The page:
In doing Step Four and Five I learned a lot about the "exact nature" of my shortcomings. It is not just a list of the things I DID, but a list of the underlying causes of WHY I did them. The nature of my wrongs were always motivated by lust for power, pride, selfish desires, but mostly and foremost for me it was FEAR, fear I would not receive "enough", and if I did receive any gifts, fear that I would lose them, that I would be left adrift, alone in the universe, insignificant. So I used my "drugs" to fill me, to comfort me, to relieve this overwhelming feeling of being nothing. The applause filled it. The food filled it. I tried drugs, I tried drinking, I tried just about everything, but I discovered that for me, the food "did it"... we do not choose our addiction, we "discover" it by searching it out, and once we find it we use it till we either die from it, or recovery from it. I choose to recovery from it.

My spiritual life has proven as fulfilling as any of my addictions, and more permanent, longer lasting in it's effects, but still it requires my continued effort to maintain it. I can so easily, it seems, slip back into my old habits, and ways of thinking if I neglect my contact with HP. I have been changed in the last four years, and for the better, but if I do not continue to work this program, I could lose it all, and that is a fear worthy of my concern. It is still my main driving force, the fear of loss, but I am beginning to see it as a good thing. It is not what happens to me, but how I react to what happens to me. Fear can be a healthy thing I think, depending on what I do with the feelings it produces. I can seek refuge from the feelings or seek to understand them and live with them, it's all what I do with it that matters.

There are days that I feel like I'm running from things, and other days I feel as though I'm being drawn TO things... Depending on where that "force" is coming from determines a lot. When I am in a good place spiritually, I feel I am being drawn instead of pushed. Engulfed in the warm embrace of my HP, instead of being pursued and running for my life.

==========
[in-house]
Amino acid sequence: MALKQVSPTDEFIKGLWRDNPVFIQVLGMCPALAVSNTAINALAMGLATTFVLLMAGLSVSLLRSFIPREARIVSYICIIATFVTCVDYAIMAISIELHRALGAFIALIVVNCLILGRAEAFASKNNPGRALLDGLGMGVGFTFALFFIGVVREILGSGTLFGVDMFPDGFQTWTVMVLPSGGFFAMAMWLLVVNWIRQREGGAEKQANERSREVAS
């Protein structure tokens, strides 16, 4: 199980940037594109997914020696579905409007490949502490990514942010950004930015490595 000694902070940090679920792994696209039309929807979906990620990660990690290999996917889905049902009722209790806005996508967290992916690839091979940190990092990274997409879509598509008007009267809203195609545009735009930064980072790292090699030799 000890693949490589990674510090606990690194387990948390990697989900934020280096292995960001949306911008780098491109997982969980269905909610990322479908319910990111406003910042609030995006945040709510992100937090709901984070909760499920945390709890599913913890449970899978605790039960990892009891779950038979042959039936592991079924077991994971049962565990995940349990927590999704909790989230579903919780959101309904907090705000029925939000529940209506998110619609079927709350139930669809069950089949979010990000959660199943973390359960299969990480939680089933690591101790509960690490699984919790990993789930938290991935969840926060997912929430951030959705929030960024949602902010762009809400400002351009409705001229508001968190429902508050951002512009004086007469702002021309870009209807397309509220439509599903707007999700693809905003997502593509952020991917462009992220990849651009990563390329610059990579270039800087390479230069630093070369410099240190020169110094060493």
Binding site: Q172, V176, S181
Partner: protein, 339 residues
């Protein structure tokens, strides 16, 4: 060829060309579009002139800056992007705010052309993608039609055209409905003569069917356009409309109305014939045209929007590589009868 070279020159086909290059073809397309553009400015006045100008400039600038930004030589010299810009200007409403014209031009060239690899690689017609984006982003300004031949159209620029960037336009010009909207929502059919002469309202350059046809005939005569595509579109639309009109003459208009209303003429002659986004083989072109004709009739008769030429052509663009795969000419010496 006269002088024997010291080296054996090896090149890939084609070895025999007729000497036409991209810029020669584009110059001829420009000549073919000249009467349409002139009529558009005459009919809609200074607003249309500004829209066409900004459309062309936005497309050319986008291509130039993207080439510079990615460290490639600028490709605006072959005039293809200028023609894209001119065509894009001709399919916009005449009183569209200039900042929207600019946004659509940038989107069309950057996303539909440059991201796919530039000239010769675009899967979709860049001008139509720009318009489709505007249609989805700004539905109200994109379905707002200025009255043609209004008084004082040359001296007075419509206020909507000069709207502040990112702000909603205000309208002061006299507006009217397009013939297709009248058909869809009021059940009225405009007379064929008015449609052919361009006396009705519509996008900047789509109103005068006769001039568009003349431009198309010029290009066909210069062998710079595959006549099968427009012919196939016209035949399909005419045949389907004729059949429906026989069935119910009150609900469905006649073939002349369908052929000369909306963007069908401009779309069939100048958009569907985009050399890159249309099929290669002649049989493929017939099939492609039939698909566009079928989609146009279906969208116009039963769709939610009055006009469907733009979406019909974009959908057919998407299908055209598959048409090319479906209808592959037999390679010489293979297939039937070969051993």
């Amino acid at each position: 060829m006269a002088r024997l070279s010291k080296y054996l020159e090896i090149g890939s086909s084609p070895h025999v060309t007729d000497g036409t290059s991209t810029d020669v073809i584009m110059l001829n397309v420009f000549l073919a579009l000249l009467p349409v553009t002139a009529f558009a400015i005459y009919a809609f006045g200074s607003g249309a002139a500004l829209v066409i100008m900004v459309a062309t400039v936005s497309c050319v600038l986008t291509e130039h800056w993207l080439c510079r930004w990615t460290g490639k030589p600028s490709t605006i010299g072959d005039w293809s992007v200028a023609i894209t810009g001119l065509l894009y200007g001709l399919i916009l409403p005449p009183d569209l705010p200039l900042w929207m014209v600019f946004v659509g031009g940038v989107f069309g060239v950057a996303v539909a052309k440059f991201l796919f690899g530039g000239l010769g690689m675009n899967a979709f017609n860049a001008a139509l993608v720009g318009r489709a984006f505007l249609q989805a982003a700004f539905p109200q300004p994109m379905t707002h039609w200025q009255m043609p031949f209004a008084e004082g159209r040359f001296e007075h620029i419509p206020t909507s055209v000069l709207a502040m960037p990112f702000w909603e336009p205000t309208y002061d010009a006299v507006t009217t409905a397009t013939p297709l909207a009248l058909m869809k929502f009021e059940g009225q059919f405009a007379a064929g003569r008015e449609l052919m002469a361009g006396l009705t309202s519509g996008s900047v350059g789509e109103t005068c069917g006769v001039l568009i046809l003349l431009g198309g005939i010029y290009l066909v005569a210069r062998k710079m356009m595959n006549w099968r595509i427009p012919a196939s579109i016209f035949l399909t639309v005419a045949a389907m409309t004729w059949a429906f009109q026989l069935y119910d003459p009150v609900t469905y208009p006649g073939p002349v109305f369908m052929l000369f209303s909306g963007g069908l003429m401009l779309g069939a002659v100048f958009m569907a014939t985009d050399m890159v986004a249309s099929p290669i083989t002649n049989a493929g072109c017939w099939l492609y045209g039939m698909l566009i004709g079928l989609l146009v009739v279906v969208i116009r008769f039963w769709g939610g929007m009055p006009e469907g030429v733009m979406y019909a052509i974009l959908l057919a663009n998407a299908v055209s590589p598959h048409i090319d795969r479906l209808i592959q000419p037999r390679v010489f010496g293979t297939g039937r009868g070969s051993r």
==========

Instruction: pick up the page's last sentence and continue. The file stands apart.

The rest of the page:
Knowing all these things and seeing the positive value of living in this way, and still the food calls to me sometimes, still I grab that extra bit of food, still I think it's going to "fix" something in me. It is baffling at times, and I must continually be willing to say no to these desires and thoughts. I'll admit that the last two weeks have been really testing me and my resolve, Why? I keep asking myself this question. Why is this happening now? Why am I not perfect yet? ;) Four years working this program, four years of amazing changes in my life, back into the work force after years of isolation, regaining my physical abilities and looking forward to interactions with people again, and NOW I am having trouble saying no to that impulse to take that little bit extra. It baffles me.

I will keep coming back, the alternative is too devastating to think about, to remember where I came from is so important, so I can avoid going back there. I am floating gently upon the water right now, instead of paddling my ass off trying to avoid the waterfall, but there are corrections that still need to be made, and now is the time, now while it's easier, instead of waiting for the crisis to be upon me.

Have a great abstinent day!

Stay Strong!

love and hugs,
me